Motocross rider returns to speed rush despite paralysis
SINCE losing the use of his legs in a horrific motocross accident, Tyson Litfin has been on a constant mission to continue living his life the only way he knows how.
For a bloke who always enjoyed his motorbikes and cars, that could mean only one thing.
While the accident in 2012 will keep him off the bike for the foreseeable future, there are certain ways around the problem of trying to drive a car as a young man with no feeling below the waist.
Mr Litfin, with the help of his father and some auto performance experts, has converted his Nissan Silvia into a completely hand-operated, speed machine.
With a 5.7-litre V8 and an automatic gearbox, Mr Litfin hopes to set the Queensland Raceway circuit alight this weekend as part of the Drift Matsuri 24-hour event.
"We've been working on the car for about a year," Mr Litfin said.
"We have put a new motor and gearbox in it - obviously we had to convert it from a manual to automatic - and we've had it set up with all hand controls."
The brake pedal has been replaced by a huge lever to the left side of the steering wheel.
Pushing the lever forward activates the brakes on all four wheels, while pulling it back activates the rear brakes.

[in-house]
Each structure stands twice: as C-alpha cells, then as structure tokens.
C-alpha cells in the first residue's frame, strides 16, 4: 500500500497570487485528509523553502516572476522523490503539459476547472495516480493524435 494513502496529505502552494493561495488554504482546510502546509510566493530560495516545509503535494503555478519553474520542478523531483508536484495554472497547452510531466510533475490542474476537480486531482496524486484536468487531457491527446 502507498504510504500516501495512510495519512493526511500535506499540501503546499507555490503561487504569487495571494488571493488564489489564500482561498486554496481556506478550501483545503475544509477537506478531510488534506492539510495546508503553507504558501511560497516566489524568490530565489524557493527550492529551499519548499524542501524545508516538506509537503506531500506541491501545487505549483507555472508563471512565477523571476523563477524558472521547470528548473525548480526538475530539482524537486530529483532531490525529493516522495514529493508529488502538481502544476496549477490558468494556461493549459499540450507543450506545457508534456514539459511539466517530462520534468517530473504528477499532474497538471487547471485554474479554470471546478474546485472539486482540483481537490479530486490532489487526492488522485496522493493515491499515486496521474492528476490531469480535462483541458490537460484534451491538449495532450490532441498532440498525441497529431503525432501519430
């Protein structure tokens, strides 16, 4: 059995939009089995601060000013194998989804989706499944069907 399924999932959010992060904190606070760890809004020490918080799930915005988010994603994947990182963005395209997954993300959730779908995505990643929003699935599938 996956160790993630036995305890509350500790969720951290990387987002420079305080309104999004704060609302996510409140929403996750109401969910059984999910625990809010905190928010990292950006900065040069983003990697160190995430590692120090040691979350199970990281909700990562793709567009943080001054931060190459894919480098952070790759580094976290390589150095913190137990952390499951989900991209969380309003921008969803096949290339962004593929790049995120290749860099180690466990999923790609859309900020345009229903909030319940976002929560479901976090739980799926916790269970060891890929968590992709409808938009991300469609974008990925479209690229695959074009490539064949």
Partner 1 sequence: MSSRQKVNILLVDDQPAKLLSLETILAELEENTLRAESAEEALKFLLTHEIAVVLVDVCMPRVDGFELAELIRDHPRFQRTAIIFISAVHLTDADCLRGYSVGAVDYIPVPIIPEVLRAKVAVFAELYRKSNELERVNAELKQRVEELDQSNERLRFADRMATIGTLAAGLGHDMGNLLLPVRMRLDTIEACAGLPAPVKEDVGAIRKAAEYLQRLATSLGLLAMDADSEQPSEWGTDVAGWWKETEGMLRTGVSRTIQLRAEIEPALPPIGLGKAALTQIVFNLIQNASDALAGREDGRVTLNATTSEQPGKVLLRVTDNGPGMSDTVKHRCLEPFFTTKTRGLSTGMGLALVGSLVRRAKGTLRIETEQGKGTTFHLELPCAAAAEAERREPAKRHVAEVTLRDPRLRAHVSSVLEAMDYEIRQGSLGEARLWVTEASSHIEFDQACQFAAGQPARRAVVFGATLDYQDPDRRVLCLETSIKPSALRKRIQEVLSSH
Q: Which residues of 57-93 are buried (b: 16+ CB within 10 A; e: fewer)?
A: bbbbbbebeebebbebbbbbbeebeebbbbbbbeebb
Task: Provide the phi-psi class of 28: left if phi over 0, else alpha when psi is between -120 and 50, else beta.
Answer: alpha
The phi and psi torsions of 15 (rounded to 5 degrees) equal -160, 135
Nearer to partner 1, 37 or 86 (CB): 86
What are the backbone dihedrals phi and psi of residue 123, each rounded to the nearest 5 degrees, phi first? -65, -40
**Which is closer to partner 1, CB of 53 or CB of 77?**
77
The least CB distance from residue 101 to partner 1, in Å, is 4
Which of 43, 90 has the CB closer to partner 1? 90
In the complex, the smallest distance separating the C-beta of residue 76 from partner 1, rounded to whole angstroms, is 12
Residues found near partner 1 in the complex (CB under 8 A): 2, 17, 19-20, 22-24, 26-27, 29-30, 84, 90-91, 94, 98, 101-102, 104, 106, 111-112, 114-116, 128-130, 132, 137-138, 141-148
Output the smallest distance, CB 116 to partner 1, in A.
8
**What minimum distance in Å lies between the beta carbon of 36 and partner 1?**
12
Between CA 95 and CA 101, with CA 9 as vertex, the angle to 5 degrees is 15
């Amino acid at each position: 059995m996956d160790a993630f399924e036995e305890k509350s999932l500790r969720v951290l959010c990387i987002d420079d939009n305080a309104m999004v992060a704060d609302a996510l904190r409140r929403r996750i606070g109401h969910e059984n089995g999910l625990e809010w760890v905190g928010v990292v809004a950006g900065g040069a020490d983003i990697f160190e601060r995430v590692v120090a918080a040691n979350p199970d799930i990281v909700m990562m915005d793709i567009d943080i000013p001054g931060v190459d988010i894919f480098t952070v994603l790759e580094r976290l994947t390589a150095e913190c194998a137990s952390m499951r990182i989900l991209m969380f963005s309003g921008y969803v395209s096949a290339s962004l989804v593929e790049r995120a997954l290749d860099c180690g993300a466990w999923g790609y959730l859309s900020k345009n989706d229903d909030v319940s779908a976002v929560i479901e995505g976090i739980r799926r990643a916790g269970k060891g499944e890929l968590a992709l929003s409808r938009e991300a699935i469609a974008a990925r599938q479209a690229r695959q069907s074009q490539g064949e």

The accelerator is now positioned on a secondary hoop attached to the inner side of the steering wheel.
Being able to participate in motor sports again has been a vital aspect of Mr Litfin's recovery from a disastrous accident in May, 2012.
He has also undergone stem cell treatment in Germany.
It may only be a minute step in a long journey, but with the help of regular physiotherapy, he noticed some movement in his left leg a month ago.
"There are ups and downs," Mr Litfin said.
"I stay positive and keep myself busy. The moment you sit around doing nothing is the moment you get depressed.
"I would like to take this car around Australia to show people that you don't have to stop after this sort of injury. You don't need your legs to have fun."